With so many fine trombonists having been a part of the Boston scene—I came up with a list of 27 with reputations extending well beyond the city limits just for the 25-year span of The Boston Jazz Chronicles—it is no surprise I overlooked a few who should have been mentioned earlier. Gene DiStasio is one I missed, and with his prominence on the Santisi tapes, I can finally rectify that oversight.

Photo of Gene DiStasio, mid 1960s

Gene DiStasio, mid 1960s

Gene DiStasio was born and raised in Revere, Mass, one of eight children, all budding musicians competing for practice time on the family piano. At 15, the trombone became his primary instrument, and in 1946 he started lessons with the Boston Symphony Orchestra’s John Coffey, a legendary teacher of brass players. After a few years, though, a lung ailment forced him to set aside the trombone, and he turned toward a different career path, entering Tufts University to study biochemistry. He graduated in 1953 and went on to study dentistry at NYU.

Of course, that wasn’t the end of the trombone. By about 1952, he had regained his ability to play, and became a regular in the local clubs. Even after he moved to New York, gigs still lured him back to Boston; one notable one was playing on Serge Chaloff’s 1954 recording, The Fable of Mabel. Trumpeter Herb Pomeroy was also on that session, and when he organized his big band at the Stable the following year, he offered DiStasio a chair in the trombone section. Gene accepted—and he enjoyed it so much, he came home, transferring to the Dental School at Tufts. He graduated in 1957.

So there he was, dentist by day, musician by night, and he kept it up for years. The Stable was Jazz Central for the local musicians, and it featured a band every night—Pomeroy’s big band on Tuesdays and Thursdays, various small groups under Varty Haroutunian’s direction four nights a week, and DiStasio’s quintet on Mondays. (I’ll have more on that group, with Hal Galper and Sam Rivers, in a later post.) DiStasio had the chops to move up in the jazz world—Buddy Rich and Woody Herman tried to pry him out of Boston—but he chose to stay put. When Pomeroy broke up his band in 1962, DiStasio was still with it. Then he worked with Kai Winding’s septet, and with the Jazz Workshop’s resident group, the Herb Pomeroy Sextet, from 1963 to 1966.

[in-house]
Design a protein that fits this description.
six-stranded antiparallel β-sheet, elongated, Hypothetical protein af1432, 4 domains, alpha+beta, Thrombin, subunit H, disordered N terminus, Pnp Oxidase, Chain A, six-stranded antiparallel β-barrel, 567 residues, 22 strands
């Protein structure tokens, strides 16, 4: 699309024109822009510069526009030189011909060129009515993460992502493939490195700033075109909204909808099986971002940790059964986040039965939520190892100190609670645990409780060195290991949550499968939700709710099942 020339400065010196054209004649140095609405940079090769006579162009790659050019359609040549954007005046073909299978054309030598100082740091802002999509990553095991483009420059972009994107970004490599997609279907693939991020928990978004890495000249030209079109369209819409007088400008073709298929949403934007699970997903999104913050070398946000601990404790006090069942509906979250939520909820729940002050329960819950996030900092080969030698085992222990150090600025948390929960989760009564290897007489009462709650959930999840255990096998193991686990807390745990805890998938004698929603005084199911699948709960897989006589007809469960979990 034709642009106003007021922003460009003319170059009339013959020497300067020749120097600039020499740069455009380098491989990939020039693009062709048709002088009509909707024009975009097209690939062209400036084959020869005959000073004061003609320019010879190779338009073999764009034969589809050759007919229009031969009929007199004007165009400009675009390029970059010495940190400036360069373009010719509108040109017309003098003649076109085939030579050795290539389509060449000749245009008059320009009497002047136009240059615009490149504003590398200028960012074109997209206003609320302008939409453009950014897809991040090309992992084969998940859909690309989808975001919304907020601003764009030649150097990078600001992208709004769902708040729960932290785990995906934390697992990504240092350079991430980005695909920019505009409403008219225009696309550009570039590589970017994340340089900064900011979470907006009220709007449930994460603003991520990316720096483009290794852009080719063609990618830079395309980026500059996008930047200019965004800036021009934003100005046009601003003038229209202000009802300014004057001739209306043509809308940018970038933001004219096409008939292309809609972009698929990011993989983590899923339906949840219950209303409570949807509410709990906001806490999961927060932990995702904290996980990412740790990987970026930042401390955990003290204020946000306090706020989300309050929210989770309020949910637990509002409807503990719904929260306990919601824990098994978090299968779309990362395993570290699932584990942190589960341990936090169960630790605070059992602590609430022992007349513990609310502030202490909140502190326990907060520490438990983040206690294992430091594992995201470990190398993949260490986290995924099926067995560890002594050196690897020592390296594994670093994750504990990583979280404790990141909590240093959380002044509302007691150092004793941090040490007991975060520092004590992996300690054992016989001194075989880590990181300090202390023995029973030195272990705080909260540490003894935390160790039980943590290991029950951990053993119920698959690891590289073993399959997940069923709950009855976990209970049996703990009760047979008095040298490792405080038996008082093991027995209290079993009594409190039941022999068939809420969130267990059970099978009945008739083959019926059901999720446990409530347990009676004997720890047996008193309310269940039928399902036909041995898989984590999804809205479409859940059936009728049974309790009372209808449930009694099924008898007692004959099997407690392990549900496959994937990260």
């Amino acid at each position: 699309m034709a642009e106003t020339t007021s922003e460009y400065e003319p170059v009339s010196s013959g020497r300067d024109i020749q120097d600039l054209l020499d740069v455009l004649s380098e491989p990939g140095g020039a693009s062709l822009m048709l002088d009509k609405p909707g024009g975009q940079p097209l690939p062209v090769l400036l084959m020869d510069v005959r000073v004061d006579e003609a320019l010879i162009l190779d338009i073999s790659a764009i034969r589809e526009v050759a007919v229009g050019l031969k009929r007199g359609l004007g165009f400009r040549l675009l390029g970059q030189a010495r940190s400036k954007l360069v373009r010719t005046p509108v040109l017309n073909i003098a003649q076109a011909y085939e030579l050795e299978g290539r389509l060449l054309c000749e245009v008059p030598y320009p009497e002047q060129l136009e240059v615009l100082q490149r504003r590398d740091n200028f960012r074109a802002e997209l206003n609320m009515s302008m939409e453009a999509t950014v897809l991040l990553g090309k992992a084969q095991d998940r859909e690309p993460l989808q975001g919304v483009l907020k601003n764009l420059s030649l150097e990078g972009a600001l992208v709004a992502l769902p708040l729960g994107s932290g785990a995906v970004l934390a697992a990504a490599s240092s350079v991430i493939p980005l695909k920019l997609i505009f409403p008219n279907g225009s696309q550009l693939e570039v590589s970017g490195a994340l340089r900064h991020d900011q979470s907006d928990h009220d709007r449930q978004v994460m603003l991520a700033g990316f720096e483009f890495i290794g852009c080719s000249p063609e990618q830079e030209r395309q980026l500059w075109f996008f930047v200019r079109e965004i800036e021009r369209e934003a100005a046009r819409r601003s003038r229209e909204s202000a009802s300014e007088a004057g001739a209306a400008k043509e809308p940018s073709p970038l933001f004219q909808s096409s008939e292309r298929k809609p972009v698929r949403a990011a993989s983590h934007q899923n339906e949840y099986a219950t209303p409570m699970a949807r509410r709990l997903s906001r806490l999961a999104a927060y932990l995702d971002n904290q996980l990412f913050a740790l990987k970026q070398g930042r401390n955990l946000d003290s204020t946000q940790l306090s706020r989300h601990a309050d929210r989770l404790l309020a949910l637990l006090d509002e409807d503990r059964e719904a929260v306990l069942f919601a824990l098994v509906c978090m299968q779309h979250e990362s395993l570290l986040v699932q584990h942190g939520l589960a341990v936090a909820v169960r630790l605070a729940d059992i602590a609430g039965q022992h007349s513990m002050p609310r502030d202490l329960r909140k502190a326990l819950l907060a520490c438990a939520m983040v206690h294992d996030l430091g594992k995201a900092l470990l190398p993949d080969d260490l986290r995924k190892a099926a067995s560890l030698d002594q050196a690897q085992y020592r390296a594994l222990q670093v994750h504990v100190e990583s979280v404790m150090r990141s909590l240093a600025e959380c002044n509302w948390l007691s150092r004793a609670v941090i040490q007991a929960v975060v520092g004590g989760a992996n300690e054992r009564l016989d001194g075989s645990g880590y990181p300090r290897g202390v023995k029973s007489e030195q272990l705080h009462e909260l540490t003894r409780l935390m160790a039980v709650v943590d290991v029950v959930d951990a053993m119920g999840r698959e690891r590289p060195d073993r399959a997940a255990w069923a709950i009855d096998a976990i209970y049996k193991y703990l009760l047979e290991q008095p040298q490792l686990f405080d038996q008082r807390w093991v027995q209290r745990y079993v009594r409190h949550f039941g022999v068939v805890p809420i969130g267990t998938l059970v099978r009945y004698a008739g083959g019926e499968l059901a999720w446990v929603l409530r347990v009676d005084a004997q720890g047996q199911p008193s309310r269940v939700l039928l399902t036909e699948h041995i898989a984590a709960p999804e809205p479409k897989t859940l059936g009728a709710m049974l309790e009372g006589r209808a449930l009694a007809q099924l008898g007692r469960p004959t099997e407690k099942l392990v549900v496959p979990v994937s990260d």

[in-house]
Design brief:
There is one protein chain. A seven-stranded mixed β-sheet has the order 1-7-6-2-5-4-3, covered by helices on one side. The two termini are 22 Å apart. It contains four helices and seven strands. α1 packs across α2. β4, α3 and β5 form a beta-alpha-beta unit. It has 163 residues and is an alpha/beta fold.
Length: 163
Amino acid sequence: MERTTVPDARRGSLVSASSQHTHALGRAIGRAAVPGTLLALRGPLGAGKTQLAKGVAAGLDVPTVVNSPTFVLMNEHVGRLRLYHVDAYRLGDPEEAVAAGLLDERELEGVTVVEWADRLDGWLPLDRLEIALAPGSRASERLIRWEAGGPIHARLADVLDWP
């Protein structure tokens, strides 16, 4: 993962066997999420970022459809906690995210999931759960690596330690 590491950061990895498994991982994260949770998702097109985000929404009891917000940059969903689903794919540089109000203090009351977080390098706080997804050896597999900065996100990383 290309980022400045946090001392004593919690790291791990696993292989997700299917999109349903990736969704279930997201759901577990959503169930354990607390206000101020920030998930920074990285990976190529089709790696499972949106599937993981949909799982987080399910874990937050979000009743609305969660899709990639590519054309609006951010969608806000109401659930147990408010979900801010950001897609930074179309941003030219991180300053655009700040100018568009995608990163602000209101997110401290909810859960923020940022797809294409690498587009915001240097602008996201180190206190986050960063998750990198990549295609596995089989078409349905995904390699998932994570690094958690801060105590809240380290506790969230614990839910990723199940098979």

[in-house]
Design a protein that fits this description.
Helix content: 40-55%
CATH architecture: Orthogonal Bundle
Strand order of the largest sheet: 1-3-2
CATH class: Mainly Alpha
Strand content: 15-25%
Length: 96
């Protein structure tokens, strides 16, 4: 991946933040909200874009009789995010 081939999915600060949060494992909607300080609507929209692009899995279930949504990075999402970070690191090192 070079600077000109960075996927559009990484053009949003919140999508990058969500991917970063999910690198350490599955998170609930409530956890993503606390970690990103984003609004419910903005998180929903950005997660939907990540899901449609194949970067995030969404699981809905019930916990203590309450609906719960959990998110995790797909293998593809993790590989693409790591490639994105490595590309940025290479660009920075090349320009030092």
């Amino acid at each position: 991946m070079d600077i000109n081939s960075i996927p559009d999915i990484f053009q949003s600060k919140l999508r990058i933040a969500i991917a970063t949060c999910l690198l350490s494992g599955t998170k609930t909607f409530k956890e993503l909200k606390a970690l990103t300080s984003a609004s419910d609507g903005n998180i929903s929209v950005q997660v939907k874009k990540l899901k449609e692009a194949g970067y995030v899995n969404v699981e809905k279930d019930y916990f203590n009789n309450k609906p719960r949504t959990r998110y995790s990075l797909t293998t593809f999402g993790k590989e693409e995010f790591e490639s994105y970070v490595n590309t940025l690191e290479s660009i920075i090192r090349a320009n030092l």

Brass Menagerie and Beyond

In 1968 he organized Brass ’68, a jazz-rock powerhouse featuring three trombones, two trumpets and two electric guitars, which became a prominent group on the local scene. (The name changed to the Brass Menagerie in 1969, and I’ll have more on them in a future post as well.) DiStasio was also part of Phil Wilson’s Trombone Ensemble in the late sixties and early seventies.

Photo of Gene DiStasio and Greg Hopkins

Gene DiStasio and Greg Hopkins, mid 1980s. Photo by Nick Puopolo.

In 1978, Pomeroy formed a new big band, and DiStasio was in that one, too. When it wound down in the early 1980s, he played with just about every big band in the area—Hopkins/Naus, Kenny Hadley, Duke Belaire—and he was the first person the contractors would call when they needed a trombonist for a show band. Through all this, he was still going to the office every morning to fix teeth.

DiStasio formed his last Boston group, the Boss Bones, in the late 1980s with a four-trombone front line—Gene alongside Tony Lada, Rick Stepton and Jerry Ash.

DiStasio closed his clinic and moved to Sarasota in 1994, and freed from his day job, he immediately fell in with other transplanted northerners and commenced making music. Some of his frequent Florida bandmates included drummer Don Lamond and saxophonist Kenny Soderblom. That’s where Gene was residing at the time of his death, in May 1996.

To the music. Here’s Gene DiStasio in June 1965, leading a quartet with pianist Ray Santisi, drummer Alan Dawson and bassist Gary Peacock. Here they play the standard, “Walkin’,” and DiStasio’s long opening solo calls to mind J.J. Johnson and Frank Rosolino, both of whom Gene admired. It isn’t often we hear Gene, a section man from way back, out front in a quartet setting like this.